This piece explores the use of new media tools and platforms by minority groups to bring attention to, and rally support for, issues that might otherwise be ignored. This essay first appeared in the Internet Monitor project’s second annual report, Internet Monitor 2014: Reflections on the Digital World. The report, published by the Berkman Center for Internet & Society, is a collection of roughly three dozen short contributions that highlight and discuss some of the most compelling events and trends in the digitally networked environment over the past year.
On November 7, 2006, the people of the state of Michigan voted 58% to 42% to prohibit the consideration of race, among other criteria, in the admissions process at state universities. The vote marked the culmination of efforts begun by Ward Connerly and the Michigan Civil Rights Initiative following the 2003 Supreme Court rulings in twin cases (Gratz v. Bollinger and Grutter v. Bollinger) that targeted the University of Michigan’s admissions process. Connerly’s stop in Michigan was preceded by a similar effort in California, where he helped pass Proposition 209 in 1996.
Following the 2006 vote, the percentage of black students enrolled in Michigan’s freshman class dropped from 6.4 percent that year to 4.6 percent in 2013. This mirrored the pattern seen in California at the state’s flagship universities — UC Berkley and UCLA — after the passage of Prop. 209. Connerly’s work effectively set back the gains of the University of Michigan’s Black Action Movements (BAM I, II, and III). Most famously, BAM I saw black students shut down the university for 18 days in 1970 to call attention to what they perceived as slow progress towards integration.
In November 2013, Michigan’s Black Student Union, upset over their dwindling numbers on campus and what they found to be an increasingly hostile environment, convened student leaders to discuss how they could make their voice heard. They considered a retread of the tactics that worked for BAM over forty years earlier, but in part fearing low initial participation, they opted to focus on a low-barrier to participate Twitter campaign using the hashtag #BBUM (Being Black at the University of Michigan). The idea centered on black students simply sharing their experiences at the university, good or bad, on Twitter using the tag. In some ways, it echoed a similar UCLA effort, a few weeks prior, that saw 12 students release a spoken word video on YouTube. The video, entitled “The Black Bruins,” eventually garnered over 2,000,000 views. The Michigan campaign launched on November 19, 2013, and within one hour was trending nationally across Twitter. Local and national media outlets soon picked up the story, and by 10pm that day, there were over 10,000 Tweets containing the hashtag.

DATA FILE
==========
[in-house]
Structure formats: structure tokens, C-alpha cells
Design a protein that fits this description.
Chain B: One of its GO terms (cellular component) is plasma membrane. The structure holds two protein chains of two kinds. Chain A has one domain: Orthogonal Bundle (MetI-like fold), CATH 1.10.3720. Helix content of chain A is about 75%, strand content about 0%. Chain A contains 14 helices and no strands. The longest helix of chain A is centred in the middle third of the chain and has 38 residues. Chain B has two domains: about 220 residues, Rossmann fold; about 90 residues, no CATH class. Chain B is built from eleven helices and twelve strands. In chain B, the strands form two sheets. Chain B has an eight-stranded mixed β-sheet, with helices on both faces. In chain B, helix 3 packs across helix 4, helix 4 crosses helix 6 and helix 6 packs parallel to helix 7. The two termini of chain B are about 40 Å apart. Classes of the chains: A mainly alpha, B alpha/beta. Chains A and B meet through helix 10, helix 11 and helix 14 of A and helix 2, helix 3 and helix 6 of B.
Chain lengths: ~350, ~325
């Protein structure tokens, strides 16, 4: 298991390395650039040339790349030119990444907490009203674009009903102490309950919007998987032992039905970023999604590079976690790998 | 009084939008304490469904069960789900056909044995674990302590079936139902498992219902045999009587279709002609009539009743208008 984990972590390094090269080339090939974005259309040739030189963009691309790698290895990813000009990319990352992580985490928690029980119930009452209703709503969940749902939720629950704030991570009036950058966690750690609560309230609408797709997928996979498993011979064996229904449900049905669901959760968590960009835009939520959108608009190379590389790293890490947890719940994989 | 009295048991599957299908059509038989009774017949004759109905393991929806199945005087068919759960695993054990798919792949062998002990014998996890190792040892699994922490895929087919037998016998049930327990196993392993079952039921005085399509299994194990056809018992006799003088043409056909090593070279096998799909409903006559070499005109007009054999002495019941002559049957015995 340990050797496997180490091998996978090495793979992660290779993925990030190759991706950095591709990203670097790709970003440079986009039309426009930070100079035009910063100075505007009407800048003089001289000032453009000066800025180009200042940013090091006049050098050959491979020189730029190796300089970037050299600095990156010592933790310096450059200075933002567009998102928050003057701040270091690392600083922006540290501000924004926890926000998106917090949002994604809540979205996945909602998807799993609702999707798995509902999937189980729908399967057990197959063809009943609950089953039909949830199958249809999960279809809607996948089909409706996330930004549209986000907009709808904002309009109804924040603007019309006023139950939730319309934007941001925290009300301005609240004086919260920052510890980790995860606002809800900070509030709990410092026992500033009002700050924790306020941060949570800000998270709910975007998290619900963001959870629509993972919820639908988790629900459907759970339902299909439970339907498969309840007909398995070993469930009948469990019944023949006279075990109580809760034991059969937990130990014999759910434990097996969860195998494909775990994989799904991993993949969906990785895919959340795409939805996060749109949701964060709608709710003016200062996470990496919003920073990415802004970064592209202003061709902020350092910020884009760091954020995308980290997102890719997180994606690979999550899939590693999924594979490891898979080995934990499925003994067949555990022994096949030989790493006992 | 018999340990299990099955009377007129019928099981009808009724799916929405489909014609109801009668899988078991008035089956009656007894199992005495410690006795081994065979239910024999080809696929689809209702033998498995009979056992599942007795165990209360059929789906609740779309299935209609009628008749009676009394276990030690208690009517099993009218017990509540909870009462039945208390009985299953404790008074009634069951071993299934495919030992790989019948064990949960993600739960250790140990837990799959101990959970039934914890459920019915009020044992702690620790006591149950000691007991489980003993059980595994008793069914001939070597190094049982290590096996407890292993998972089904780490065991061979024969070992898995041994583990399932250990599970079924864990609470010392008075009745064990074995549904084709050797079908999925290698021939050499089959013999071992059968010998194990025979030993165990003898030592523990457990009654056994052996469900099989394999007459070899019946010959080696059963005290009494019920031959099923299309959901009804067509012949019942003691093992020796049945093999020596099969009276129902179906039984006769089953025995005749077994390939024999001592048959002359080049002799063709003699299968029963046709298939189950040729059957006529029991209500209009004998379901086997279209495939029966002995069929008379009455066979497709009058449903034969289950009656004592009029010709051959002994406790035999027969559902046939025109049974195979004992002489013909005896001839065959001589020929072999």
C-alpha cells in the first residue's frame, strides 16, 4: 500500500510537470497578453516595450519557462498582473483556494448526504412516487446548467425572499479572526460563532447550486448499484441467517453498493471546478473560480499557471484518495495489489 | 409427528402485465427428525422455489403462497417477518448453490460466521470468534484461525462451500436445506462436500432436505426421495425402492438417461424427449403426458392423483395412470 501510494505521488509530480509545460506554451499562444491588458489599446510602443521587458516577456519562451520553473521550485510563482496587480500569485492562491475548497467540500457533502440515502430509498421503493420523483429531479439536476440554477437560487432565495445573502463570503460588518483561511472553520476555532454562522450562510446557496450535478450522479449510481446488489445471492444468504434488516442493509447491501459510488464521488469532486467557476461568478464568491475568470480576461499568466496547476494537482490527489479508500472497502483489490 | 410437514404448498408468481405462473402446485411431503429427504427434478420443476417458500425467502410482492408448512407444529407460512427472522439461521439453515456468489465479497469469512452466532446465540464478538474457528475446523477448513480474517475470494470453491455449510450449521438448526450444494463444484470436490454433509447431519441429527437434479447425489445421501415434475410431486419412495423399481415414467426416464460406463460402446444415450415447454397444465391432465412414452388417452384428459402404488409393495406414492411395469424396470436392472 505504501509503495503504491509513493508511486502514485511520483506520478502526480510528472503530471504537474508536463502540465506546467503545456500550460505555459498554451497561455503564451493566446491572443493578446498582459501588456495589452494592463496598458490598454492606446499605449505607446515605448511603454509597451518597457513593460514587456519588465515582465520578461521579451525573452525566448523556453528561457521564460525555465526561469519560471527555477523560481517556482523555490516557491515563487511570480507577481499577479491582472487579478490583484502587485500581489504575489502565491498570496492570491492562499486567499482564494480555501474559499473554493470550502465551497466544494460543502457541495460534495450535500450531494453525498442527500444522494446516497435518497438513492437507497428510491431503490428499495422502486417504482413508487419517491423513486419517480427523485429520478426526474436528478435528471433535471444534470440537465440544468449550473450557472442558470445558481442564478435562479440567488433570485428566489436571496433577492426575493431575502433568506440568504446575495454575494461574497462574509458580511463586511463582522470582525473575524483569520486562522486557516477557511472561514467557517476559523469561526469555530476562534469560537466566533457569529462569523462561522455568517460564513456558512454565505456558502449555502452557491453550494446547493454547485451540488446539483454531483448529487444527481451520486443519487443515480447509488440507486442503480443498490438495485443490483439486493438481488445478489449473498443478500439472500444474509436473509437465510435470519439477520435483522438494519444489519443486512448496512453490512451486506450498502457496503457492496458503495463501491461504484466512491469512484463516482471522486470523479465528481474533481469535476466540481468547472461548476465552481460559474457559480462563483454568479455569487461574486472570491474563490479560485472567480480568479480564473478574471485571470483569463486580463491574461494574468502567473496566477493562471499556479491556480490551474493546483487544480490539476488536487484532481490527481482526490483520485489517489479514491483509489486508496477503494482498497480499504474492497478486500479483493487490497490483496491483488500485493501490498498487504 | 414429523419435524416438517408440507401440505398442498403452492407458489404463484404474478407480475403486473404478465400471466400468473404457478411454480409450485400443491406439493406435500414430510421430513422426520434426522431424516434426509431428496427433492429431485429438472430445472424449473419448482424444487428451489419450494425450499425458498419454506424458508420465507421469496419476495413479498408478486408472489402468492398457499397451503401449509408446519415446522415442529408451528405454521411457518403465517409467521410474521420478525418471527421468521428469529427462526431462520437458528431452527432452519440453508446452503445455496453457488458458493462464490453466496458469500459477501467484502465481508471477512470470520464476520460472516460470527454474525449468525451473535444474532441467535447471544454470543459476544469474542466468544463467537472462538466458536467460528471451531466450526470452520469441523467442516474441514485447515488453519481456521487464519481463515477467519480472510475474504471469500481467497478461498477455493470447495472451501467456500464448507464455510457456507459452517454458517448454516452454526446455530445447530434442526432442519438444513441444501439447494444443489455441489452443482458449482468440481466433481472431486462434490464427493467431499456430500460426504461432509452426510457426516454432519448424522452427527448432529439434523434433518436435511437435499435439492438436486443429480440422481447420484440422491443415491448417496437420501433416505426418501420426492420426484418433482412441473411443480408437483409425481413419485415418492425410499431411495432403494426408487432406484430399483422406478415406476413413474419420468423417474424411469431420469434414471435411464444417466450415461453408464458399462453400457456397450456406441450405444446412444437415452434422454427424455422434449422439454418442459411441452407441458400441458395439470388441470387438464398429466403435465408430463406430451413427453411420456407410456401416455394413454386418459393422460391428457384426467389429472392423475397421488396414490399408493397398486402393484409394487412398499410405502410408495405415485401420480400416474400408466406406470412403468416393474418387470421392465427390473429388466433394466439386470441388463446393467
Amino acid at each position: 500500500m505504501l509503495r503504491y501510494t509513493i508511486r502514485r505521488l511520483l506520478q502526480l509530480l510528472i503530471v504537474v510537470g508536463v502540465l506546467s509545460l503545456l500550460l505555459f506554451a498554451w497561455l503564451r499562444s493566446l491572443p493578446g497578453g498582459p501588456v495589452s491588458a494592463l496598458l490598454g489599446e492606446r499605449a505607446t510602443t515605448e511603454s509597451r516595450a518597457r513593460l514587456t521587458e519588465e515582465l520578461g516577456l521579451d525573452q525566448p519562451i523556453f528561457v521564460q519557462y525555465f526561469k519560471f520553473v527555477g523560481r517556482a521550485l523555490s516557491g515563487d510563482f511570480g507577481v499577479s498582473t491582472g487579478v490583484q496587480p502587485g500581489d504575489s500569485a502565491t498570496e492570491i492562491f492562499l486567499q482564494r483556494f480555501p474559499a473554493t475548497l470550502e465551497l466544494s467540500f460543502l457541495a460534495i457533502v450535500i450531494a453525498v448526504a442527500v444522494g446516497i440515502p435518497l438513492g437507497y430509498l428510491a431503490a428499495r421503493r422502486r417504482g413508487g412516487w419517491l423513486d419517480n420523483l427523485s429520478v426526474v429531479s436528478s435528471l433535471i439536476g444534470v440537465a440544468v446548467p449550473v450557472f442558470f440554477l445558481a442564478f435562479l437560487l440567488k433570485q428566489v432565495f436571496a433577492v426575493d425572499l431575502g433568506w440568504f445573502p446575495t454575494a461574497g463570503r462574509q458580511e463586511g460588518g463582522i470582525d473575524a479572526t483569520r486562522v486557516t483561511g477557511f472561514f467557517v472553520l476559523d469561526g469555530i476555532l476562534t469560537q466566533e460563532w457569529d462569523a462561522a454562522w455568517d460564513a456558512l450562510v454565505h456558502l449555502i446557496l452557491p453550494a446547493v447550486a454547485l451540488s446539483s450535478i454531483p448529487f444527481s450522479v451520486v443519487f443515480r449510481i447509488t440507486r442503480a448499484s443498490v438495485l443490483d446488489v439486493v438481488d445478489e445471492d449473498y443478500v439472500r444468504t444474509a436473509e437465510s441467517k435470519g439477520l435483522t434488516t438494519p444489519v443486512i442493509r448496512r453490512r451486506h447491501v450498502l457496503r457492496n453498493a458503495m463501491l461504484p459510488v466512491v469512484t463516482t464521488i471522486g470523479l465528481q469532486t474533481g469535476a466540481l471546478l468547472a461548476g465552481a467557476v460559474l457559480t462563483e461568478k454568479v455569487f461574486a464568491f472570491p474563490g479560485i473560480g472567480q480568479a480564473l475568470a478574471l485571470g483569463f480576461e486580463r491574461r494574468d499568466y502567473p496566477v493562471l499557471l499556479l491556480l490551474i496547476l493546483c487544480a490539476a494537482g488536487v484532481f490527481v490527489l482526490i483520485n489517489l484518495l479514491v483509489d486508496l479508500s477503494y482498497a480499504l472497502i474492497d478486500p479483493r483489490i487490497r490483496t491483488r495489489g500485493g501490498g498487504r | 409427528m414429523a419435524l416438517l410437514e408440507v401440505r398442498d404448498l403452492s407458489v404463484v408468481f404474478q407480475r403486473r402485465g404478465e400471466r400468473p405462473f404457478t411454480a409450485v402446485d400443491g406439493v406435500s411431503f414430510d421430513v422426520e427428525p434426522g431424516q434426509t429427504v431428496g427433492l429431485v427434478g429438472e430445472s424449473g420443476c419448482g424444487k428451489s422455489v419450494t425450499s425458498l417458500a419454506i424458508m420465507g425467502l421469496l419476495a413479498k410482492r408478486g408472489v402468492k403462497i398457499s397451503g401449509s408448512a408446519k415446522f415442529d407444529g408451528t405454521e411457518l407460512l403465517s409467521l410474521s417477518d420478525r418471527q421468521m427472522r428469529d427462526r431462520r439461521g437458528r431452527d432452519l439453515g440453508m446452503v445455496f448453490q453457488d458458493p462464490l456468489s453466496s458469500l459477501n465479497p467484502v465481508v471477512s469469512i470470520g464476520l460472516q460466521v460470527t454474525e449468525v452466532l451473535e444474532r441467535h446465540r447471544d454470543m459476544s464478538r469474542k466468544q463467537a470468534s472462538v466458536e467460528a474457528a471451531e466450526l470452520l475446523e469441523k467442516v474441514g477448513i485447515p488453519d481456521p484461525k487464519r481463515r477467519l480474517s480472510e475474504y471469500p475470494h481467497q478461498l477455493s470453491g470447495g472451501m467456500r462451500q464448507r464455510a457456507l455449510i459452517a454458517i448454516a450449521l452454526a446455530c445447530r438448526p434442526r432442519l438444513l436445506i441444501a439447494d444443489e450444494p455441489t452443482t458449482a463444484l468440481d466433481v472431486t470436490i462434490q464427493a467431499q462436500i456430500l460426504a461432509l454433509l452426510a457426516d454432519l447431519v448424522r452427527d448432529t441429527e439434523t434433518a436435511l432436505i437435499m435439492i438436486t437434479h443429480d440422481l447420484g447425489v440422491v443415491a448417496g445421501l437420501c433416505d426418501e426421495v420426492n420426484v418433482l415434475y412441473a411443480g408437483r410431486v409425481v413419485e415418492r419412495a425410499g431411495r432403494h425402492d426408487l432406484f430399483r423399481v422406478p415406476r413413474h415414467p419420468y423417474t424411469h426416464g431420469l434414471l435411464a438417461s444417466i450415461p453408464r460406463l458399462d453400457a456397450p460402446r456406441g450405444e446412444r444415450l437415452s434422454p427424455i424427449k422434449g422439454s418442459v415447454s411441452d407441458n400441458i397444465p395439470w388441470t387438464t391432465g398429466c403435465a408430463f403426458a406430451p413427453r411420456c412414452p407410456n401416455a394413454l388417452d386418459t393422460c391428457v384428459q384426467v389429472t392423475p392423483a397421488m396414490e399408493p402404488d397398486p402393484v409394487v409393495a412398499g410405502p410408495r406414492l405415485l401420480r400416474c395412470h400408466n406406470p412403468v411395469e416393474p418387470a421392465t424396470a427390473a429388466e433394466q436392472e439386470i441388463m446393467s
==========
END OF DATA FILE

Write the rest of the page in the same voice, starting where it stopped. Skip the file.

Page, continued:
While #BBUM initially started with a small but densely connected group of students in Ann Arbor, MI, the campaign was ultimately amplified and sustained by a broader public consisting of black students and alumni of universities across the world, all connected by similar experiences at their respective schools. In many ways, the #BBUM campaign constituted a major inflection point in the long history of black student activism on college campuses across the country, validating a new type of engagement. It was preceded by UCLA’s campaign a few weeks earlier, and followed by similar campaigns at other schools such as Georgetown University, and eventually Harvard and Oxford’s “I, Too, Am” photo campaigns in early 2014. All of these campaigns successfully leveraged social media platforms to share images and raise awareness about similar issues far beyond the campuses on which they began. To this point, Harvard students held a “blacktivism” conference in October 2014 to build on the momentum of these new media campaigns.
Ultimately, the #BBUM campaign — which students followed with on-the-ground organizing work as well as a YouTube video listing student demands of the university — gained such traction that the New York Times ran a front page story. Moreover, the effort compelled administrators at the university to respond to student concerns, leading them to hold standing meetings with the student organizers for the remainder of the 2014 school year.
Beyond its effect in Ann Arbor, the #BBUM campaign demonstrated the importance and power — particularly for minority communities — of connecting digital activism and the breadth of participation that it affords, with the tactics pioneered by a previous generation of students.
Read more in the Berkman Center’s Internet Monitor 2014: Reflections on the Digital World.